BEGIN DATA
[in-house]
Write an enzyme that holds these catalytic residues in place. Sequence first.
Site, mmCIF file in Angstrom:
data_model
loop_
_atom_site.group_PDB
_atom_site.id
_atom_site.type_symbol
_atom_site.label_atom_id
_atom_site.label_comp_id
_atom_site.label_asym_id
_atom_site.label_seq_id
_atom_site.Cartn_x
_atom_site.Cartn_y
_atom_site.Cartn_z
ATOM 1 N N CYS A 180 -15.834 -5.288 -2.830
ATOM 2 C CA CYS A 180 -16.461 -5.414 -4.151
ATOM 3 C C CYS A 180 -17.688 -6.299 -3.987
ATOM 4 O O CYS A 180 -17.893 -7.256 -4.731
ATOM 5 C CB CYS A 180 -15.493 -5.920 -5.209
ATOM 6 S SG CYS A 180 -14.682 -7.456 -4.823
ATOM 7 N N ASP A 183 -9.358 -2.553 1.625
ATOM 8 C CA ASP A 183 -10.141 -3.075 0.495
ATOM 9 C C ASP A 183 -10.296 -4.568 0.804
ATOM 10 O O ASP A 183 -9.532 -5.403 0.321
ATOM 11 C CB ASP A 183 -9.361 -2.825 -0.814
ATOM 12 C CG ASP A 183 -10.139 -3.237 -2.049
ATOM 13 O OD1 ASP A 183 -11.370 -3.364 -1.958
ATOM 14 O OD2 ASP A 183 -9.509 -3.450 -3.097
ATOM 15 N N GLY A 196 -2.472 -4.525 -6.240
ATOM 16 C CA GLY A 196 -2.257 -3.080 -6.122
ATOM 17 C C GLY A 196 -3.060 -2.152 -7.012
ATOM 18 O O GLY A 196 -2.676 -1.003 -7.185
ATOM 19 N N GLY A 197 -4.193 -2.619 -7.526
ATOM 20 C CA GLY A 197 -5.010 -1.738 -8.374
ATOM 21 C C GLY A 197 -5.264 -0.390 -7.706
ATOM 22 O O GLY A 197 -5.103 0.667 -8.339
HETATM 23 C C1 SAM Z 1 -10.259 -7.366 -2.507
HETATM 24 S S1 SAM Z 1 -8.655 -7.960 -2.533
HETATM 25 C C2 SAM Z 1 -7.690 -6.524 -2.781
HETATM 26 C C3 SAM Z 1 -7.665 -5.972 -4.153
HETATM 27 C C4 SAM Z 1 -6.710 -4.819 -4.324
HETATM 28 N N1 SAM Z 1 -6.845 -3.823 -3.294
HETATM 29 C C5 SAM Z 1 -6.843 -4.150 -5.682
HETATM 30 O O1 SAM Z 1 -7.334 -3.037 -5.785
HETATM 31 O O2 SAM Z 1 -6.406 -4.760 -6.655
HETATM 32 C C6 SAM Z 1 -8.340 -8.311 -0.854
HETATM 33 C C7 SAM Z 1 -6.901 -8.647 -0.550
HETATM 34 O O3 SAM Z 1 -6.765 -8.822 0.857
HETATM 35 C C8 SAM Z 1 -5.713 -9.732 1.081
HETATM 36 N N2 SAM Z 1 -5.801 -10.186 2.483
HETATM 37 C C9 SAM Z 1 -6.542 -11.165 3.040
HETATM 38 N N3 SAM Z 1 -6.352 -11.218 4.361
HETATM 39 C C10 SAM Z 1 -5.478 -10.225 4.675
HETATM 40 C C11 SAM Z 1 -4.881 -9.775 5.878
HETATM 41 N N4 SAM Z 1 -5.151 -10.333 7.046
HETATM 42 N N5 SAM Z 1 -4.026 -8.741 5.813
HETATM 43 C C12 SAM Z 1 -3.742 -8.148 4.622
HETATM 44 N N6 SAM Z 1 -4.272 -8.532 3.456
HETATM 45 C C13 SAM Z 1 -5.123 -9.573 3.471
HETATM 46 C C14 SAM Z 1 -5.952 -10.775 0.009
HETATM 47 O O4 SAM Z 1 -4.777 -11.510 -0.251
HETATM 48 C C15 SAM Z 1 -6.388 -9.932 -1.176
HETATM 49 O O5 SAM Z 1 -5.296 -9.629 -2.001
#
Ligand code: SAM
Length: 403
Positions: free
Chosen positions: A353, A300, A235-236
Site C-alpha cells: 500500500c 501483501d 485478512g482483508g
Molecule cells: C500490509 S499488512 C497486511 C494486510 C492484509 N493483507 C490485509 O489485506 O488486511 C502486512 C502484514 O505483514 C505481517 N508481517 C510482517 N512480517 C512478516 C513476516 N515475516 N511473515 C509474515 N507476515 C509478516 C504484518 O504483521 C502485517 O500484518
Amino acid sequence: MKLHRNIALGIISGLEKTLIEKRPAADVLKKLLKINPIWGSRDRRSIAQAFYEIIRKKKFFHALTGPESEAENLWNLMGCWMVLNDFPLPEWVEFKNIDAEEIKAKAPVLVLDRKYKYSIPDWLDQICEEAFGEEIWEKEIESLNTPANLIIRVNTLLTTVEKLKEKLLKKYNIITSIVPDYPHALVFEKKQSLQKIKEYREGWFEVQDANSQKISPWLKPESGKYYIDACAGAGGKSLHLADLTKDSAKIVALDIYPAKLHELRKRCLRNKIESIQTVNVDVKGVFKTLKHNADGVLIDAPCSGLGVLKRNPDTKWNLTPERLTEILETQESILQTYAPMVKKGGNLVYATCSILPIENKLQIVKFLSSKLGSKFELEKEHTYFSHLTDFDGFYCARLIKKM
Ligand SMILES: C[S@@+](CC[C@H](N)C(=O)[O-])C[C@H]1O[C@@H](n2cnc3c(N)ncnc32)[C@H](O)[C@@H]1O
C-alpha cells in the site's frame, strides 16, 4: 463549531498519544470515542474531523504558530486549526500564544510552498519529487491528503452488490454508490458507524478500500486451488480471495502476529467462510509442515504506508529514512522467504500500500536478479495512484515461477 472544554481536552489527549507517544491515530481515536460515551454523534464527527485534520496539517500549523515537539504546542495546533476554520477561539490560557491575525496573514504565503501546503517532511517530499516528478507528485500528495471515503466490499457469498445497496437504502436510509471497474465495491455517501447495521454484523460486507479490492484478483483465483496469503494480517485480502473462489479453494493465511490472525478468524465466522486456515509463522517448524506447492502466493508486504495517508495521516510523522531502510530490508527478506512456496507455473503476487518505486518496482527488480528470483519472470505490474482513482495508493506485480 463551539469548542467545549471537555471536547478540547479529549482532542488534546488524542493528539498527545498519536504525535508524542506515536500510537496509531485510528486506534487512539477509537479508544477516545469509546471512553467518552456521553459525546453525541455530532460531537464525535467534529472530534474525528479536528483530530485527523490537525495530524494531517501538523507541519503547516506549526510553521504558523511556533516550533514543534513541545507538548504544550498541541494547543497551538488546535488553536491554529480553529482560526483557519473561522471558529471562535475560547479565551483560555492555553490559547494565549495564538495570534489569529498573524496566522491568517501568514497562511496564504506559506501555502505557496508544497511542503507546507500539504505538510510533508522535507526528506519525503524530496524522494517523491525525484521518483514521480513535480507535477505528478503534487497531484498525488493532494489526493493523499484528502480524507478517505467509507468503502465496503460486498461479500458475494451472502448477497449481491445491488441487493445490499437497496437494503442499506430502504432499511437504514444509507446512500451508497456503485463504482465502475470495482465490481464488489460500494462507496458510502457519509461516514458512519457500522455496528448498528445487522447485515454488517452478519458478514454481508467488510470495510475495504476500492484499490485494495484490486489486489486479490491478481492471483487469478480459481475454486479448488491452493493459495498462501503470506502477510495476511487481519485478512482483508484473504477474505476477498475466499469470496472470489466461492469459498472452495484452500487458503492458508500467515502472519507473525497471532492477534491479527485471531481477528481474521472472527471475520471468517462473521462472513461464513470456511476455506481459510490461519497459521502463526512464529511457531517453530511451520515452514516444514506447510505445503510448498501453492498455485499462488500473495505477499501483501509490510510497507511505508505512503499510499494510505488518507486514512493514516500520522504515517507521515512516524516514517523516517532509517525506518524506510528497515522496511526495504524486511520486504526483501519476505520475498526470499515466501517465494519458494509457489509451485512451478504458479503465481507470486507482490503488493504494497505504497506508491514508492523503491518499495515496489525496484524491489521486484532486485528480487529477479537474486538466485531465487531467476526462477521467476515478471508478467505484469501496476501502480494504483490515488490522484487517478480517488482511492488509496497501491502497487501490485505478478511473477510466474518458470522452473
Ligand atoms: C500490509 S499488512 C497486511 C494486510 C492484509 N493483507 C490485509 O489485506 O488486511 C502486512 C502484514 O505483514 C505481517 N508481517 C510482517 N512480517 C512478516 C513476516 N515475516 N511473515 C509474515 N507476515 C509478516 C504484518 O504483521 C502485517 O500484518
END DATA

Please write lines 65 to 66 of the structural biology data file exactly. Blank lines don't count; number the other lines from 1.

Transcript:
#
Ligand code: SAM